The principles of IFM fit as well with the horticultural world as they do in a more traditional farm setting.  Looking at the whole enterprise and taking into account the complex interactions between each element of the enterprise is the cornerstone of IFM.

Your commitment to more sustainable horticulture is clear, how do you see your partnership with LEAF developing in the future?
We’re really excited about the future and we’ll continue to innovate and hopefully inspire.  We definitely see the power of social media in promoting what we do to a much wider audience.  Being part of LEAF gives us an ideal platform to engage with many more customers and get them enthusing about micro leaves, edible flowers, sea vegetables and all things green!

Social media is certainly on the up. We’ve noticed more and more farmers signing up to sites like twitter, what kind of benefits do you see from it?

Twitter is a fantastic medium for us to communicate directly with our end customers and chefs, in turn this allows us to gain valuable feedback instantly.  This feedback is tailored into producing our collections based upon what customers would love to see and use.

When you launch a new product you don’t always know how the customer is using it, social media allows us to share and creates an open dialogue with users of our produce.  We are sharing our knowledge but also that of the Chef with everyone, sites such as Pinterest, Twitter and Facebook allows for a very dynamic communication stream.  The really great thing is that the less experienced users of our products can pick up tips and ideas on how the Westlands collections can be used with their menus, all in a way that fits with their busy days

We think social media is a good way to engage your community alongside other activities, which is a key part of IFM. Do you have any top tips for a newcomer to the social media world?

Social media is there to engage with people.  It is a great way to share ideas, gain knowledge and promote activities with a diverse group of people including suppliers and key businesses such as LEAF and raises awareness of the positive work the business does.   You only have to see how LEAF utilises social media within its own very popular Open Farm Sunday event to gain an understanding of how useful and informative social media is.  The key things that we have learnt are to, be yourself, be honest but most of all help others and definitely do not broadcast – engage with the people who have taken the time to talk to you.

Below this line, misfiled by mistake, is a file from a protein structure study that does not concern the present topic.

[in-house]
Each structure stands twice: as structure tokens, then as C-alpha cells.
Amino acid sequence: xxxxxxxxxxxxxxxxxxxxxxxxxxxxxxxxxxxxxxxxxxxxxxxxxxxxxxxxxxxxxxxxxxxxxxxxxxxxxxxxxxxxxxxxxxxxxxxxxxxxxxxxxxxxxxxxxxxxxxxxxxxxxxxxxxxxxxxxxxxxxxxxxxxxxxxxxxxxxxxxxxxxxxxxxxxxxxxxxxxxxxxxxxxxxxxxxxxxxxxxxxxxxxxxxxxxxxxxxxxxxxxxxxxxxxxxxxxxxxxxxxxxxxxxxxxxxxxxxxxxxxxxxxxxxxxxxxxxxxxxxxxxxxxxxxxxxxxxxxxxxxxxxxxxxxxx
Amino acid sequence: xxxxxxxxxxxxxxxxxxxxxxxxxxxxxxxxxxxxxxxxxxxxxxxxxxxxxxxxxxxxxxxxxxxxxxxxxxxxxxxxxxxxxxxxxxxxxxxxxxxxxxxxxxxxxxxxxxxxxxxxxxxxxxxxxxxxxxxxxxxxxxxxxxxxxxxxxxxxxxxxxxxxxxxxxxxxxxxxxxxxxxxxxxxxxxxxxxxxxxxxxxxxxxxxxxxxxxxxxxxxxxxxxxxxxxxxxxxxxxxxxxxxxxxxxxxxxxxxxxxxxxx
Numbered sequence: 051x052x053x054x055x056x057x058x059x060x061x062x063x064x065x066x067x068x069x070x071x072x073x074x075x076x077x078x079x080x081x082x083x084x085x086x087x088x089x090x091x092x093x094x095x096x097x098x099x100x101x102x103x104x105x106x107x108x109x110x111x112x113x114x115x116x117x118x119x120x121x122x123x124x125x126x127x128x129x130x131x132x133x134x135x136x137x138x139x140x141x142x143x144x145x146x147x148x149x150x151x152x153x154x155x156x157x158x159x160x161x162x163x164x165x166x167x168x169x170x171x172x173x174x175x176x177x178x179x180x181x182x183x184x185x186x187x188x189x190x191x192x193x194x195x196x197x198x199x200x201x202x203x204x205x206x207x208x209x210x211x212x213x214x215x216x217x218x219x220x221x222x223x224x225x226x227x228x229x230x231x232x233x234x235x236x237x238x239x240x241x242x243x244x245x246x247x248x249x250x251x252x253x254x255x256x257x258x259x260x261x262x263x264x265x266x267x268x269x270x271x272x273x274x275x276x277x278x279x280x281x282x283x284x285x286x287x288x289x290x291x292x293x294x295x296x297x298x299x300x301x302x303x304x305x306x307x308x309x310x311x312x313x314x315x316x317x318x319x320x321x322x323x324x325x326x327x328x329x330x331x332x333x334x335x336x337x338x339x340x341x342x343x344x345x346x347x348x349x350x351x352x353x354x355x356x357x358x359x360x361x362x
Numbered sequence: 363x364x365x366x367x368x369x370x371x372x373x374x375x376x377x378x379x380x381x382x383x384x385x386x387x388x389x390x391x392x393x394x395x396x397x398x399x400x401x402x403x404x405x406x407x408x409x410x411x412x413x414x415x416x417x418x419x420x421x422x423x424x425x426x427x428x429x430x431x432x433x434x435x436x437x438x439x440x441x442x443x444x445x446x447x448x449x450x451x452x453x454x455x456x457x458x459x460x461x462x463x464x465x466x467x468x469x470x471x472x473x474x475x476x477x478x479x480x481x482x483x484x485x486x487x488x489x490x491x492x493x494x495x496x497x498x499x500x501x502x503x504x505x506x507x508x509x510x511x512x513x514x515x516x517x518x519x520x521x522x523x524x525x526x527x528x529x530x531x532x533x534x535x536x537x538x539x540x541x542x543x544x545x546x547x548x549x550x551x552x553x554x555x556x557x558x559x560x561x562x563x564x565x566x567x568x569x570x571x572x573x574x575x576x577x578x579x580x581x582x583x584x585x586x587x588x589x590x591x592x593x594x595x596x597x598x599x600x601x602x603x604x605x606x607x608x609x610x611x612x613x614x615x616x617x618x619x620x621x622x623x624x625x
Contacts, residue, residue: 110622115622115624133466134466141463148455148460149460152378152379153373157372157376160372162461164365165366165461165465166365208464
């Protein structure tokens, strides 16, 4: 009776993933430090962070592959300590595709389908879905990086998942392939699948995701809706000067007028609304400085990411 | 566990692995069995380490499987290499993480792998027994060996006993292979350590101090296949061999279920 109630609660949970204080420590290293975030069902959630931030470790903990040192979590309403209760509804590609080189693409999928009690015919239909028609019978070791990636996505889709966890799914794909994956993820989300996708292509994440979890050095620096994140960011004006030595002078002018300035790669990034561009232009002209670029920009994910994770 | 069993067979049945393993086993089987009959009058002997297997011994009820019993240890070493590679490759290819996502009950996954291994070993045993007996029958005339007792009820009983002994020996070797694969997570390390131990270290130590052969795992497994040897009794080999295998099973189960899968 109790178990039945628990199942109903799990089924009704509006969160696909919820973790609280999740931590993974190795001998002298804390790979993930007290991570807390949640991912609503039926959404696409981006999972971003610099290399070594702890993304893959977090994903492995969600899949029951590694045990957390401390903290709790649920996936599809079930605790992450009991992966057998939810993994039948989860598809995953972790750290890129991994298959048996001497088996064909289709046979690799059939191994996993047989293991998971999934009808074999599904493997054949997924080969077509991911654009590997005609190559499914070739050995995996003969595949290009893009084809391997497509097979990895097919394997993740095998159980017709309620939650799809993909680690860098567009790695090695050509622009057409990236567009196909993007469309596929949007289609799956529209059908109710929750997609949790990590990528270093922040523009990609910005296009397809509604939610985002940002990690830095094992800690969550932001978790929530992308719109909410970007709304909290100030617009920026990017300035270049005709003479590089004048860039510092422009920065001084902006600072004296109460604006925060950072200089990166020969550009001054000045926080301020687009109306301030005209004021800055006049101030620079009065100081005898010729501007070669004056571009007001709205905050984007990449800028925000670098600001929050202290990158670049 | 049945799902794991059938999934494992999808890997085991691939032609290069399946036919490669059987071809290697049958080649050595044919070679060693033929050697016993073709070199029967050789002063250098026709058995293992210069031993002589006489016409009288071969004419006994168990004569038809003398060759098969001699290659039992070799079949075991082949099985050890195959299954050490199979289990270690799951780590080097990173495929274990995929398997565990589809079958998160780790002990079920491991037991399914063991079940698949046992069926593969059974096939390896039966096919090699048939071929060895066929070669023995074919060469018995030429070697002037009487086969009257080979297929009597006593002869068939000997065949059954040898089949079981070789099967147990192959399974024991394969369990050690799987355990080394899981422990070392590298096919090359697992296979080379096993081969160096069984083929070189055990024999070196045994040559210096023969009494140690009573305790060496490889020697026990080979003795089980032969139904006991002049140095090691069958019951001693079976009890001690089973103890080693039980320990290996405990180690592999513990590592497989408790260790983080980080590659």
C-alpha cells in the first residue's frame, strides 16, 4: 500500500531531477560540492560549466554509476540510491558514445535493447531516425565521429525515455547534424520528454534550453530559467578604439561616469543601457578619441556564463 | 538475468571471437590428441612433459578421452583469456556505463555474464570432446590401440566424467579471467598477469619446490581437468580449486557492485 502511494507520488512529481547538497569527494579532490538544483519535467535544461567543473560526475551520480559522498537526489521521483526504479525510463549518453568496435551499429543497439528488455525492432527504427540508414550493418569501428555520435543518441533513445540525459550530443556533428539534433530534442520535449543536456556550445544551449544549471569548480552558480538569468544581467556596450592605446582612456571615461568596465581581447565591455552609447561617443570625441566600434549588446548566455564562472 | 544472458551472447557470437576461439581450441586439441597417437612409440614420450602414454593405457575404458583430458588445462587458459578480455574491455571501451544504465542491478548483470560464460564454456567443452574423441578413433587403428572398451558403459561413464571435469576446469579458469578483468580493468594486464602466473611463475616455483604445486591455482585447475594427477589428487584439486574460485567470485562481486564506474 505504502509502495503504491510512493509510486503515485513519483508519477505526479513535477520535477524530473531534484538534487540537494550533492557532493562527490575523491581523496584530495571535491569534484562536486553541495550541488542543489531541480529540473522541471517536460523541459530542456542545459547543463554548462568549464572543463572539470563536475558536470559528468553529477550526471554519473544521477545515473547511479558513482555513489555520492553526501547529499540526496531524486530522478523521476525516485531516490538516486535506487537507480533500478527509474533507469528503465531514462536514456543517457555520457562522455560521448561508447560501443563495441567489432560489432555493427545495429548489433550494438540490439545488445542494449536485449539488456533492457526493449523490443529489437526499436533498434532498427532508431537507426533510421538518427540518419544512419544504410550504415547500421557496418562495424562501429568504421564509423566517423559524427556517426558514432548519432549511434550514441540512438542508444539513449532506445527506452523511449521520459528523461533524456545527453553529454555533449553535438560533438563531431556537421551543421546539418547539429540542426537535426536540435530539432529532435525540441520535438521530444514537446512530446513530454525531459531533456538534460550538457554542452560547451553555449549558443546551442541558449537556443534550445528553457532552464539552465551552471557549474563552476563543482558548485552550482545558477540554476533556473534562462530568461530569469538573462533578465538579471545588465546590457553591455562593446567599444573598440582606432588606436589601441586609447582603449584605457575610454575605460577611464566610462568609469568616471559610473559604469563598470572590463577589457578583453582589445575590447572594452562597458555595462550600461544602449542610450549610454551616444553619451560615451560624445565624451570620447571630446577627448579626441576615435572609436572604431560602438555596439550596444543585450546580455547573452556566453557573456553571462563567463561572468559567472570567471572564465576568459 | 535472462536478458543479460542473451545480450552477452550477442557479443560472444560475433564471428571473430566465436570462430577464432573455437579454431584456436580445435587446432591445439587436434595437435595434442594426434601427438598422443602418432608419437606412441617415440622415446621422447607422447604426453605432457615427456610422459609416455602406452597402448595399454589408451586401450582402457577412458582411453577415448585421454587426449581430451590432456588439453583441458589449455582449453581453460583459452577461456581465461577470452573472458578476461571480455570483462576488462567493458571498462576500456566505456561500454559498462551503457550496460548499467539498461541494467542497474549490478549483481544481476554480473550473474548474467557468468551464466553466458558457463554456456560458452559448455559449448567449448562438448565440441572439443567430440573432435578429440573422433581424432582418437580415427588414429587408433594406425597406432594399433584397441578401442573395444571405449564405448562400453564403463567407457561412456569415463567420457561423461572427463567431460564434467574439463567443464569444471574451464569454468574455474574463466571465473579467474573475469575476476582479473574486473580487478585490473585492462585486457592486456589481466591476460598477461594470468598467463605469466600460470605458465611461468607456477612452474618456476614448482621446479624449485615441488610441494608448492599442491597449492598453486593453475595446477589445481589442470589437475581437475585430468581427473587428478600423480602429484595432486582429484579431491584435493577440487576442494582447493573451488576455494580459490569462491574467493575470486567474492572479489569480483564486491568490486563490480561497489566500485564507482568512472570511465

To find out more about Westlands and their remarkable collection of fresh produce products, visit www.westlandswow.co.uk.  You can also follow them on the following social sites:

Twitter @WestlandsWow
Facebook.com/WestlandsWow
Pinterest.com/WestlandsWow

And obviously us too on Twitter and Facebook (apologies for the shameless plug!).

Introducing… Hugh Lowe Farms

With Wimbledon only days away now, we thought you would like to hear a little about how the strawberries for the event are produced. So here, we introduce Hugh Lowe Farms and Managing Director, Marion Regan. Enjoy!

Hugh Lowe Farms Ltd is a family owned farming company, established over 100 years ago. They are one of the largest fruit businesses in the UK, supplying many of the major supermarkets and have supplied strawberries for the Wimbledon tennis championships for more than 20 years. Hugh Lowe Farms have been members of LEAF for over twelve years and are LEAF Marque certified. We hear from Managing Director, Marion Regan about business, berries and bugs!

Marion Regan, Managing Director, Hugh Lowe Farms Ltd

Where did it all begin for Hugh Lowe farms?
My great grandparents began growing strawberries here in 1893 and the family has been producing them here ever since.